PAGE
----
Some people think that when it comes to diabetic complications, the only thing that matters is your hemoglobin A1c level (A1c) . This is the test that is supposed to measure your average blood glucose (BG) level over the past several months.
High BG levels form what are called advanced glycation end products, or AGEs, and these long-lived products seem to gum up the works and cause diabetic complications, as well as normal aging.
Because it's an average, you can get the same A1c result if you have a constant BG level of 100 mg/dL (an unlikely event, but I'm using it to simplify), or if you spend half your time at 50 and half your time at 150 mg/dL. Because most studies of complication rates, for example the famous Diabetes Control Complications and Trial (DCCT), use only the A1c as a measure of control, many people think that's all that matters.
In fact, that's not true at all. Since then, some studies have suggested that the amount of glucose variability is as important as, or more im...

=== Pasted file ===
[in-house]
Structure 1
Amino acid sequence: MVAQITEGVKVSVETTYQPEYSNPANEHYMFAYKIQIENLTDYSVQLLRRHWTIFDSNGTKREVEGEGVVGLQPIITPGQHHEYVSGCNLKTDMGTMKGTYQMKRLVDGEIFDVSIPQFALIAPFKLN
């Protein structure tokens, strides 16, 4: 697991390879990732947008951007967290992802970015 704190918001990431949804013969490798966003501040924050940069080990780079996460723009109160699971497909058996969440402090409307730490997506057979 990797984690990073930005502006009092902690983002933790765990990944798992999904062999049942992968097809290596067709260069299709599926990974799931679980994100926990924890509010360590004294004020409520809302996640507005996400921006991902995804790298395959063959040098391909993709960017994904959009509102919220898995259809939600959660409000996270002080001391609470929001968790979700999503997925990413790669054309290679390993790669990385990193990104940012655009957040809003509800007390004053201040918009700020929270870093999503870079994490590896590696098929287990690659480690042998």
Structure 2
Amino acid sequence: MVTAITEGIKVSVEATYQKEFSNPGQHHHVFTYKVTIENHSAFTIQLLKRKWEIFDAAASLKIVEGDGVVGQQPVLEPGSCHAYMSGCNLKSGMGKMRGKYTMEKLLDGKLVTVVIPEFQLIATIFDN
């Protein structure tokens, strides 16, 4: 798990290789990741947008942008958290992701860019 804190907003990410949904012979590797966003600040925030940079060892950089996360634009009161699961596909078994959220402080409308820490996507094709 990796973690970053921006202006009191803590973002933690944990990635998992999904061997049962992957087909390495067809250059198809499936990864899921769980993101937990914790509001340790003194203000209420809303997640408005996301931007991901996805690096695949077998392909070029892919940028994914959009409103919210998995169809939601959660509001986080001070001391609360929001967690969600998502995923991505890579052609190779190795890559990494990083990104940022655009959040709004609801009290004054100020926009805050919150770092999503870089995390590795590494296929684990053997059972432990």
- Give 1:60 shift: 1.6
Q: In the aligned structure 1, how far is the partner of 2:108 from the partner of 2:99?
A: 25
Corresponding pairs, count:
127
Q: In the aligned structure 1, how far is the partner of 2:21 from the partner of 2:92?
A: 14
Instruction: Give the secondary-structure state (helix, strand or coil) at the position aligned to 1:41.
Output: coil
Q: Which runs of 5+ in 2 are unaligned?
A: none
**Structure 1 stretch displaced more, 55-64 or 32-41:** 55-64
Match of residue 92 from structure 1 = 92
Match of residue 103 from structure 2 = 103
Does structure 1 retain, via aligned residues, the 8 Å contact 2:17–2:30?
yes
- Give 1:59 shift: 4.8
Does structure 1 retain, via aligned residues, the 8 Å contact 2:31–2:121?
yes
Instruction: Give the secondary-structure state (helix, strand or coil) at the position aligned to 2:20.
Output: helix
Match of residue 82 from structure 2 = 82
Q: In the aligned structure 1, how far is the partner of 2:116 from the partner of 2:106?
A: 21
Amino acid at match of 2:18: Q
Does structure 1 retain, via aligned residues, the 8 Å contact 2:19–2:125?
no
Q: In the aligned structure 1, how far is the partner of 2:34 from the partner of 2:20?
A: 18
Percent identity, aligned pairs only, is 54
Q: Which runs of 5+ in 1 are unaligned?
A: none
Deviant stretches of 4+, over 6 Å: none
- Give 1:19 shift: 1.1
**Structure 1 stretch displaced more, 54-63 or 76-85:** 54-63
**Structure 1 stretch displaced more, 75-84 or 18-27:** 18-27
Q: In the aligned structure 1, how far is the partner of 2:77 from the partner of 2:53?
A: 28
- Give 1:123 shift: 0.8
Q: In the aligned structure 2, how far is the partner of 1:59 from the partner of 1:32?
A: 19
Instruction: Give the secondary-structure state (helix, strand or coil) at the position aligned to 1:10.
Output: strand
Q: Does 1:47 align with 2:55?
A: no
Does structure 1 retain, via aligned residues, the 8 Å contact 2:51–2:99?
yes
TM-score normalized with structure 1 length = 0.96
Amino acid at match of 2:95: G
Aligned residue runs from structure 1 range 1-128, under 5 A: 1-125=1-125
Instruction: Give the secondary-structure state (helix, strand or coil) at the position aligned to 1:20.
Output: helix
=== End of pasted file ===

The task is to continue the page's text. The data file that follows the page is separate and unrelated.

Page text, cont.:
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The Times on Type 2 Diabetes Part 2 of 2 Blood Sugar and Heart Disease Gina Kolata's recent story on diabetes in the New York Times is attempting to correct some common misconceptions about diabetes. In my previous post on this blog , I commented on her point that it's wrong to blame patients for their disease because it has a strong genetic component, and focusing on weight loss alone is not the answer. Another point that Kolata emphasizes is that it's not just blood sugar control that is important in diabetes. Most people with diabetes die from heart disease , so patients need to control their cardiovascular risk factors as well. These include blood pressure and cholesterol levels. I agree. But this idea is not new. The American Diabetes Association has had a campaign since the turn of the century for people to learn their "Diabetes ABCs," or A1c levels, blood pressure, and cholesterol levels. But again, apparently no one was listening.
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